The given figure represents a trapezoidal wooden frame. Determine the surface area of its front side.

We can recall that a trapezoid is a quadrilateral that has a pair of parallel sides. On the diagram, we can see that the parallel sides would be horizontally here. We’re asked to find the surface area or just the area of the front side. In order to find the area of this wooden frame, we need the formula for the area of a trapezoid. This is given as the area equals a half ℎ times 𝑏 sub one plus 𝑏 sub two, where ℎ is the height, and 𝑏 sub one and 𝑏 sub two are the bases of the trapezoid. Those are the parallel sides.

To find the area of this wooden frame, we’re going to start by finding the area of the larger trapezoid on the outside. This would give us the area of the entire shape even including the center. So, we also need to find the area of the smaller trapezoid. Then, if we subtract the smaller trapezoid from the larger trapezoid, it’s almost like cutting out with a cookie cutter and removing it. What we’re left with then is the area that we want to find. Let’s begin with the large trapezoid. We can plug the values into the formula, but there’s a lot of information on this diagram, so we’ll be careful that we’re using the correct ones.

The area is equal to a half times 5.5. That’s the height. And our two bases are 4.8 and six inches. So, we’re calculating a half times 5.5 times 4.8 plus six. Simplifying the sum in parentheses, we have a half times 5.5 times 10.8. We can then multiply a half by 10.8, which is 5.4. So, 5.5 multiplied by 5.4 gives us 29.7, and the units will be square inches. A quick reminder, if we’re multiplying by decimals, we remove the decimal point. Here, we calculated 55 by 54. And as there were two decimal digits in our original question, then our answer had two decimal digits. And 29.70 is the same as 29.7.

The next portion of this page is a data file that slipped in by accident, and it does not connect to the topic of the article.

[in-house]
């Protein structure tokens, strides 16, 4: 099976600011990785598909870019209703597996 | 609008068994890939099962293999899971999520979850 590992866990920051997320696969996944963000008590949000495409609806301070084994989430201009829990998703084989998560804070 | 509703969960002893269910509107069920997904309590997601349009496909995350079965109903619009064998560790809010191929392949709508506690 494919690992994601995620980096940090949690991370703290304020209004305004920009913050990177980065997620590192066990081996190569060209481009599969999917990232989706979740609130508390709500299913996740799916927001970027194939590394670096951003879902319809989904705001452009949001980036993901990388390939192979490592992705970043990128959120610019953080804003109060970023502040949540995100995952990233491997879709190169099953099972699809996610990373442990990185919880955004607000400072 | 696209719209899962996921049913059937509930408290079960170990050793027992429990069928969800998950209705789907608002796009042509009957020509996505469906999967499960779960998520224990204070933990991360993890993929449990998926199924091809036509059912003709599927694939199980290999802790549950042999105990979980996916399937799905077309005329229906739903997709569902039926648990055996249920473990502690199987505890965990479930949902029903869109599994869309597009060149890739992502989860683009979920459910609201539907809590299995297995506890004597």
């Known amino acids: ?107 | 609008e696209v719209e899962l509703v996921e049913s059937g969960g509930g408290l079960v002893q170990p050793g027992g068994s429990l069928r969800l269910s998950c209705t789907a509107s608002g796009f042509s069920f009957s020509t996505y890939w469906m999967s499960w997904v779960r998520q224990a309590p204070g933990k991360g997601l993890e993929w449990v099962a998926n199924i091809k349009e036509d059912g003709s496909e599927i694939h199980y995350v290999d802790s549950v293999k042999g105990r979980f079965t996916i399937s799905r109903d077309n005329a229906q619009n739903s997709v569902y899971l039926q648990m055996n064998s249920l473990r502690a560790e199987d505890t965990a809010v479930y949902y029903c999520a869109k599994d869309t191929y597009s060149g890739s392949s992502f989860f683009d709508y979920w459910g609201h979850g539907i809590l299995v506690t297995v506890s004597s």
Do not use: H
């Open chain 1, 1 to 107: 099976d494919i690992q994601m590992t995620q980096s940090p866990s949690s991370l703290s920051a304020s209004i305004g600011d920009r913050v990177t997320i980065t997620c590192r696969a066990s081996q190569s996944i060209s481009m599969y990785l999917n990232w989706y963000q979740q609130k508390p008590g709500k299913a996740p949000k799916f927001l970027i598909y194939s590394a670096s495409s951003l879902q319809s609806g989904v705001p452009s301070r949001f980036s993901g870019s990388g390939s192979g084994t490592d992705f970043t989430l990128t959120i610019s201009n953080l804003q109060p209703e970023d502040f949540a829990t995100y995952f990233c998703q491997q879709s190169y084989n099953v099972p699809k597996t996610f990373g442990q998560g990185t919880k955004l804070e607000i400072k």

And now in the same way, we can find the area of the smaller trapezoid. We use the same formula, and this time the height is 4.5 inches, and the two bases are 3.4 inches and 4.8 inches. So, we’re calculating a half times 4.5 times 3.4 plus 4.8. Simplifying the parentheses then, we’ll have a half times 4.5 times 8.2. And we can simplify by multiplying a half by 8.2, giving us 4.5 times 4.1. So, when we’re calculating this without a calculator, we’ll work out 45 times 41. Therefore, we know that our answer will have the digits one eight four five, and we had two decimal digits, so our answer is 18.45. And the units will be square inches.

Now, we found the area of the larger trapezoid and the smaller trapezoid. To find the area of the wooden frame, we’re going to subtract these. So, we’ll have 29.7 subtract 18.45, giving us the value of 11.25. And the units here will still be square inches. And that’s our answer for the area of the wooden frame.

We can now summarize what we learnt in this video. Firstly, we recalled that a trapezoid is a shape with a pair of parallel sides. We then proved that the area of a trapezoid can be found by a half times ℎ times 𝑏 sub one plus 𝑏 sub two, where ℎ is the height and 𝑏 sub one and 𝑏 sub two are the two parallel sides. Finally, we also noted that it doesn’t matter which base is 𝑏 sub one or 𝑏 sub two.